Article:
Sliding notes are a great way to spice up your track and add interesting effects. While they are not new, their popularity in recent years has grown with the rise of the use of bass slides in modern music. FL Studio has been at the forefront of this as it offers various ways to slide notes that are easy to use, aren’t time consuming, and offer magnificent results.
Let’s take a look at how to slide notes in FL Studio.
Note: Slide notes only work for FL Studio’s native plug-ins and one shot samples opened using the native sampler. If you’re looking for how to slide notes in third party VST instruments check out my FL Studio slide notes not working tutorial.
Step 1: To slide notes, first open the instrument’s piano roll by pressing F7 on your keyboard or by clicking on the piano roll icon glowing orange below.
This will open up the piano roll.
Step 2: Before you add slide notes, you must first activate the slide function. Do this by clicking on the triangle-like icon located at the top left of the piano roll.
Once it is turned on, the slide note icon will remain a solid color until it is turned off.
When the slide function is activated, every note you click into the piano roll will be a slide note.
Step 3: Next is to add the slide notes. In this instance, I want to add some slides to the 808 pattern to make it more interesting.
You can easily identify slide notes as they have a triangle–like icon located at the end of the note.
While sliding notes are becoming more common, sliding chords are still very rare as they can be a little confusing. Let’s take a look at how to slide chords in FL Studio.
When sliding chords, you can use one slide note to slide the whole chord or use multiple notes to slide each note in the chord independently using note color groups.
When using only one slide note, the chord slides so that the highest note in the chord slides to the pitch of the slide note. In the first example above, the chord is made up of the notes G4, A#4, and C#5 with C#5 being the highest note in the chord. The sliding note is at G5. This means that the chord will slide so that the C#5, the highest note in the chord, slides to G5, which is the pitch of the slide note. The other notes will also slide the same amount of semitones that the highest note in the chord has slid and maintain their note intervals. C#5, the highest note in the chord, has slid up 6 semitones to G5, meaning the other notes in the chord will also be slid up 6 semitones. G4 will slide to C#5 and A#4 will slide to E5.
If you want more control over which notes the notes in your chord slide to, you can implement the method used in the second example. This utilizes color groups to slide notes independently. For color groups, slide notes will only affect notes of their corresponding color. For example, in the illustration, the purple slide note will only affect the purple note while the green notes are only affected by the green slide note.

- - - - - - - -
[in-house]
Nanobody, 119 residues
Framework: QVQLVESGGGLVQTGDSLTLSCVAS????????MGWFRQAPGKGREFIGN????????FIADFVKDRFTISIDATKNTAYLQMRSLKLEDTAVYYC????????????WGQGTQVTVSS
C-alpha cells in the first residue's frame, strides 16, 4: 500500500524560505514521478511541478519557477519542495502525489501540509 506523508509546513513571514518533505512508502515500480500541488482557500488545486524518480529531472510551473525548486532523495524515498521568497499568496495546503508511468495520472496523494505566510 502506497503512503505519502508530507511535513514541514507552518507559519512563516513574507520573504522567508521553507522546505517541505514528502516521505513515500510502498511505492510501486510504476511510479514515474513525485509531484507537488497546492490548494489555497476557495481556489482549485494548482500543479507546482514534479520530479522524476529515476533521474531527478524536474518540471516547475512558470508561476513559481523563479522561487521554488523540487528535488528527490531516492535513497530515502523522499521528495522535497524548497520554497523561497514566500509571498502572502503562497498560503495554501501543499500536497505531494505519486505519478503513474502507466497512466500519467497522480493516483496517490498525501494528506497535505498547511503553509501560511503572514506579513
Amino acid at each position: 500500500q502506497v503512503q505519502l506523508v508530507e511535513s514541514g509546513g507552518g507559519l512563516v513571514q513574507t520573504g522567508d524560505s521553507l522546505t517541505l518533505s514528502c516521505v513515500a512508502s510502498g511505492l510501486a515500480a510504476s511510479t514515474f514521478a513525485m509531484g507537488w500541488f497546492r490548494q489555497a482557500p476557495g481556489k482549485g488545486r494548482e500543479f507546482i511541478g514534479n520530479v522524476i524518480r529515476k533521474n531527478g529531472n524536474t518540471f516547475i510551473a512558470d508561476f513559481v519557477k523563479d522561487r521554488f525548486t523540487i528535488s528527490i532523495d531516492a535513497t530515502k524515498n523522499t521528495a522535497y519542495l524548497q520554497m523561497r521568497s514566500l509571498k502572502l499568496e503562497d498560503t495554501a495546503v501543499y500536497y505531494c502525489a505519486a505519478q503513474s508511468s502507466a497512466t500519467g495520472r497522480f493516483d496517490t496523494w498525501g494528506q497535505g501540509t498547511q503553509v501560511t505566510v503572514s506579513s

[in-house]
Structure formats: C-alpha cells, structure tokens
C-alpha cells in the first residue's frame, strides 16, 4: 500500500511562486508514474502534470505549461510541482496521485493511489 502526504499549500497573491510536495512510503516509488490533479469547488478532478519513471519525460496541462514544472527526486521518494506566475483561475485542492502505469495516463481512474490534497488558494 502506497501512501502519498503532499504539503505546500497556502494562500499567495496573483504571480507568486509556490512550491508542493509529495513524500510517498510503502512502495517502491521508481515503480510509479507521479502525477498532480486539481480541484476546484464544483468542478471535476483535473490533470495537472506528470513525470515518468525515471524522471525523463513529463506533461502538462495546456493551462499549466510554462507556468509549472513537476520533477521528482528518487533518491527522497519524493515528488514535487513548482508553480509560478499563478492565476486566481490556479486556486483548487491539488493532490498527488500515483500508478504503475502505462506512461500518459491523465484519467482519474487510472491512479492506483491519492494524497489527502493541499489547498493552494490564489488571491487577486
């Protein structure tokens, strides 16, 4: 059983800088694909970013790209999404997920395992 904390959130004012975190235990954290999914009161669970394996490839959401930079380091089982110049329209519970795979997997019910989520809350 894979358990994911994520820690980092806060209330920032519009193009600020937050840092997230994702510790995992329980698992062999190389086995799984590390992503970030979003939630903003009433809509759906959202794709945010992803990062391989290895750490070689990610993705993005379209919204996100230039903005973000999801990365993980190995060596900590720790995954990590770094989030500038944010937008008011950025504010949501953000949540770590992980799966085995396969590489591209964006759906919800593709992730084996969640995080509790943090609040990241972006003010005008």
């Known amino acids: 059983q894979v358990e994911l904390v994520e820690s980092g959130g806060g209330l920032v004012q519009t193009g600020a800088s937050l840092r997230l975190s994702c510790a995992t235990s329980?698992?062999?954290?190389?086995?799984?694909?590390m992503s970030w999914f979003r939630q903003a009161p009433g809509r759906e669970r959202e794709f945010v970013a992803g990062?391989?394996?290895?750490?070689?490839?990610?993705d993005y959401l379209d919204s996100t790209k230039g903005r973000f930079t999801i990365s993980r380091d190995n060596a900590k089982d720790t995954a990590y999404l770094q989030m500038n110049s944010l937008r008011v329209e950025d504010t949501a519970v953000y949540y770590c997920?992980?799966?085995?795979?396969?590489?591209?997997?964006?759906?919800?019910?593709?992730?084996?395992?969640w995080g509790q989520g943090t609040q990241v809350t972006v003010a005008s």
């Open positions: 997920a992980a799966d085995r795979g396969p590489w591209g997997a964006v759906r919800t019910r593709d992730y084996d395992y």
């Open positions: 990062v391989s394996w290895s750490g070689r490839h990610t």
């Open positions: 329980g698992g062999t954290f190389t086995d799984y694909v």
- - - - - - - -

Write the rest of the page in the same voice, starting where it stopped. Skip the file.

Let’s look at how to apply this in FL Studio.
Sliding Chords with a Single Slide Note
Step 1: Go to the piano roll window with your chords.
Step 2: I already have my chords so now I’ll activate the slide function by clicking on the slide icon.
Step 3: Now I can start adding slide notes. I want the first chord to slide up an octave so I will only need one slide note. It is a D minor triad with A4 being the highest note in the chord. To make it slide up an octave, I’ll place a slide note at A5.
This will slide the highest note in the chord which is A4 to A5 that is an octave above. The other notes in the chord will each also slide up an octave.
Sliding Chords Using Color Groups
For the second chord, I want a little more control on which notes the current notes will slide to so I will use the second method. The chord is an inversion of A minor which I want to slide to an E diminished chord. The E note will remain the same, but I want the A4 note to slide to G4 and the C5 note to slide to A#4.
Step 1: Let’s start with the A4 note. First, I’ll change its color group by double clicking on the note to view its notes properties.
On the note properties tool, change the color by clicking on the area shown below.
Select a different color by clicking on it from the options that pop up.
When done, click accept.
The selected note will now change to the selected color showing it is in a different color group.
Step 2: Now let’s add a slide note. Before you activate the slide function, click on the colored note that the slide note should affect.
Before clicking on the newly colored note.
After clicking on the newly colored note.
Note: It is important that the color of the top left section where the slide icon is located matches the color of the note to be affected by the slide note, otherwise, the slide note will be a different color and will not function as intended.
Now I can activate the slide notes function and add a slide note at G4.
I’ll repeat the process for the C5 note to change it to a different color and add a slide note at A#4.
I’ll repeat the process again and add some variations to the next chord. Here’s what the end result looks like.
Sliding notes have definitely helped me level up my productions especially when it comes to leads, basses, chords and woodwinds. I hope these illustrations help do the same for you the next time you open up FL Studio. As always, have fun experimenting!